How old should kids be before starting a blog?
Should kids even have their own blogs?
What should kids blog about?
How should kids even set up a blog?
Is blogging safe for kids?
Maddy has been asking me to help her start her own blog for months now.
Months and months and months and months.
And just like the awful parent I was when she asked me to let her join the dive team five years ago, I gave her the Um, well. . . let’s just think about it a little, okay, sweetheart?
Dive team meant early–early!–practices and lots more on our summertime to-do list. It meant schlepping Owen and Cora around the town even more than we already did.
After a year or so of asking, I signed her up.
Now? Dive team has come to mean year-round training and has become one of Maddy’s–and Owen and Cora’s–most coveted activities.
Who knows if the situation will be the same with Maddy’s blogging, but after asking and asking and asking, we’ve finally got her all set up with her own blog. After all, blogging does get kids reading, writing, thinking and creating. So we thought we’d give it a go.
She’s ten, and she’s blogging.
Here’s the skinny. . .
Help Kids Start a Blog–Get Them Reading, Writing, Thinking, and Creating:
You can totally use any device for blog writing, but Maddy has really stuck with our Acer C720P Chromebook.
This spring we were asked to try out the Acer C720P Chromebook, and so far, my kids love it.
It’s small, it’s quick, and it’s light. And? It’s touchscreen which makes it a cool combination of a laptop and tablet. It’s a paired down version of our Intel AIO–which they also totally love–but which isn’t as portable as the Chromebook.
Anyway, here’s how I helped Maddy start a blog. . .
1. We looked at examples of strong blogs. I’ve talked about the importance of modeling before, and with blog writing, it’s no different. The best advice I can give to parents with kids who want to blog is to start a blog themselves.
The big thing with student blogs is that the turnover rate is super-high. Kids are busy. It’s hard for them to keep up with things, so it’s hard to keep up with blogging.
There are a few great ones to look at as examples, though:
- Call Me Hannah
- One Kid’s Life
- They Call me T
- Tolly Dolly Posh Fashion
- Kristin and Kayla
- For the Kids: Weblog of Elliot Mast
- Explore With Spunk
- Balsamic Camel
- Treehouse City
- The Crazy Cool Life of Miss Bossy & Miss Glossy
We also looked at this blog (ours, teachmama.com) and we looked at some of my good friends’ blogs. These are the women whom Maddy has grown to know over the last few years and whose children have become her good pals:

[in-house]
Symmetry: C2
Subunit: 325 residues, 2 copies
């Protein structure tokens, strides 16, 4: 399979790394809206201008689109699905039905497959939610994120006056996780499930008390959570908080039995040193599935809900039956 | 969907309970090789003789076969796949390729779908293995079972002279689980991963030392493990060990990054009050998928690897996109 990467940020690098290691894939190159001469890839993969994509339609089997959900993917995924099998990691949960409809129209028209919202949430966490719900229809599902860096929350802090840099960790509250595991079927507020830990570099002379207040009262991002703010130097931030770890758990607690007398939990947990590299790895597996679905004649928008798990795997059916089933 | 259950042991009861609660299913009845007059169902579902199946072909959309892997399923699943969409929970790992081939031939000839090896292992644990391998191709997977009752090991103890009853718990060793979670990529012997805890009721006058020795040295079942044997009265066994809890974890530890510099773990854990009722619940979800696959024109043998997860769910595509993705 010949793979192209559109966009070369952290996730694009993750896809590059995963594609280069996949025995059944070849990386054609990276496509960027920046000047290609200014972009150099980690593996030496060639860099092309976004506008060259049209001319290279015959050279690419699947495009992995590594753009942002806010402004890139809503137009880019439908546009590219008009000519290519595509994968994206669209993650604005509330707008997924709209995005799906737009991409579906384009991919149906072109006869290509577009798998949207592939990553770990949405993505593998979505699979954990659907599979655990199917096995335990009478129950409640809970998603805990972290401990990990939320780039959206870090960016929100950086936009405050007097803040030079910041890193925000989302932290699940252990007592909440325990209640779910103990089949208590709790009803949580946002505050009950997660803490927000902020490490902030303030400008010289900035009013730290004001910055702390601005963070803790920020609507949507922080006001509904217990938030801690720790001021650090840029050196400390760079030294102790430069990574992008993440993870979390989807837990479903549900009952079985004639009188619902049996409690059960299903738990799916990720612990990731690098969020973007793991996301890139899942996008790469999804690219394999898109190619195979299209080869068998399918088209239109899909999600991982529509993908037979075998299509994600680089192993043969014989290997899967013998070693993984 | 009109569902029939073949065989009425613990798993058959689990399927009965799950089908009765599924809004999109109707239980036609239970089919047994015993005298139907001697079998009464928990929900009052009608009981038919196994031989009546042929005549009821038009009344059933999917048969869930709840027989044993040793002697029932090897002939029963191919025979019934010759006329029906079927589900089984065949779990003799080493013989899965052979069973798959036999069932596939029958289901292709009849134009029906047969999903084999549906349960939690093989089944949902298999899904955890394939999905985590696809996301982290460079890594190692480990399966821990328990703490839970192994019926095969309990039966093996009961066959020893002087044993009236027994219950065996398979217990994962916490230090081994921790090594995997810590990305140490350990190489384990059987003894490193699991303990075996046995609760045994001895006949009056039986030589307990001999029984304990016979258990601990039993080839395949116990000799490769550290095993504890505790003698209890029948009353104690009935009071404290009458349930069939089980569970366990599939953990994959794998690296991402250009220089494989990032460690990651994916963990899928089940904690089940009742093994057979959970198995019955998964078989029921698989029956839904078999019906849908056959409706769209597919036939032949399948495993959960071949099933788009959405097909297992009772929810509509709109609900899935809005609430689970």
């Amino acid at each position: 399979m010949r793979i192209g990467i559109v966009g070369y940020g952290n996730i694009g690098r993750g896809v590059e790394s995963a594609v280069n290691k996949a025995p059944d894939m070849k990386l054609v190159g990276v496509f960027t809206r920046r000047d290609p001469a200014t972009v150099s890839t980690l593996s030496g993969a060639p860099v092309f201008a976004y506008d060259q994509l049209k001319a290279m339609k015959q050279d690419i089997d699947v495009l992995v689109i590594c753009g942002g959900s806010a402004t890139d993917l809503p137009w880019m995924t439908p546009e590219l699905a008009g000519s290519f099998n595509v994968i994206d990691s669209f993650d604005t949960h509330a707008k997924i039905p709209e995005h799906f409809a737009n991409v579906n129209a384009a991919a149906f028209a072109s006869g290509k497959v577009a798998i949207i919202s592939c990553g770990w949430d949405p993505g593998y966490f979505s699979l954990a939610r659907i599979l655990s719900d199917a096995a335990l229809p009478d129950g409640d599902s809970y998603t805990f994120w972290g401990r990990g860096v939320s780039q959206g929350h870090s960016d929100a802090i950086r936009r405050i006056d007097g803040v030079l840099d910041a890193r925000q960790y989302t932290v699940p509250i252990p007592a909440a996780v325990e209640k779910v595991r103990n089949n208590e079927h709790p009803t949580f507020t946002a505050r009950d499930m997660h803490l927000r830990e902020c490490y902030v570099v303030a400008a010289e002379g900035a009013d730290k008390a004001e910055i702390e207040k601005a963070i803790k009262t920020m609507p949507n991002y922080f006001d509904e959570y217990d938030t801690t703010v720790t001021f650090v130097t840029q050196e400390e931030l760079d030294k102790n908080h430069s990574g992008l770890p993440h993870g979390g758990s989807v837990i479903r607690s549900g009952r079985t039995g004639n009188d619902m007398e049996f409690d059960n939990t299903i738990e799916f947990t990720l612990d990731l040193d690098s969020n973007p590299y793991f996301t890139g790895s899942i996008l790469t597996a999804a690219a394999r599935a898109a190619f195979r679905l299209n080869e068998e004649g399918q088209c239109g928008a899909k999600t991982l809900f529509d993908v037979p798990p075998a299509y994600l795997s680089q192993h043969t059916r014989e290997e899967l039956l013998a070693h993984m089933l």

- Justice Fergie: Life is the Party
- Tech Savvy Mama
- A Parent in Silver Spring/ A Parent in America
- Teen Lit Rocks
- Live Do Grow
- Pink and Green Mama
We talked about how these blogs were alike and different, how they covered different ‘niches’ and how they used things like layout, text, and photos.
2. She and I sat down and filled out the blog brainstorm teachmama.com.
I created this handy little packet for a blog writing workshop I led at Digital Family Summit last year, and I have honestly handed it to a ton of friends and family members.
blog brainstorm teachmama.com.
Essentially, it’s a quick guide for people who want to start a blog.
It has people reflect on a few blog-focus questions:
- What do you do in your spare time?
- What do you know a lot about?
- How can you help others with your blog?
And it covers some logistical and safety questions as well:
- Who will read your blog?
- Do you want to include your name? personal photos? your location?
- What adult will support you in your blog writing?
These questions are ones that the family should answer together, especially if your child is 13 or younger. Every family is different, so every family’s decisions will be different.
The blog brainstorm sheet also includes an empty calendar so soon-t0-be-bloggers can start an editorial calendar and a sheet filled with thought-provoking questions and topics which will (hopefully) help with blog writing.
If you want to download it and use it, go right ahead by signing up below:
3.We went to wordpress.com to set up her site.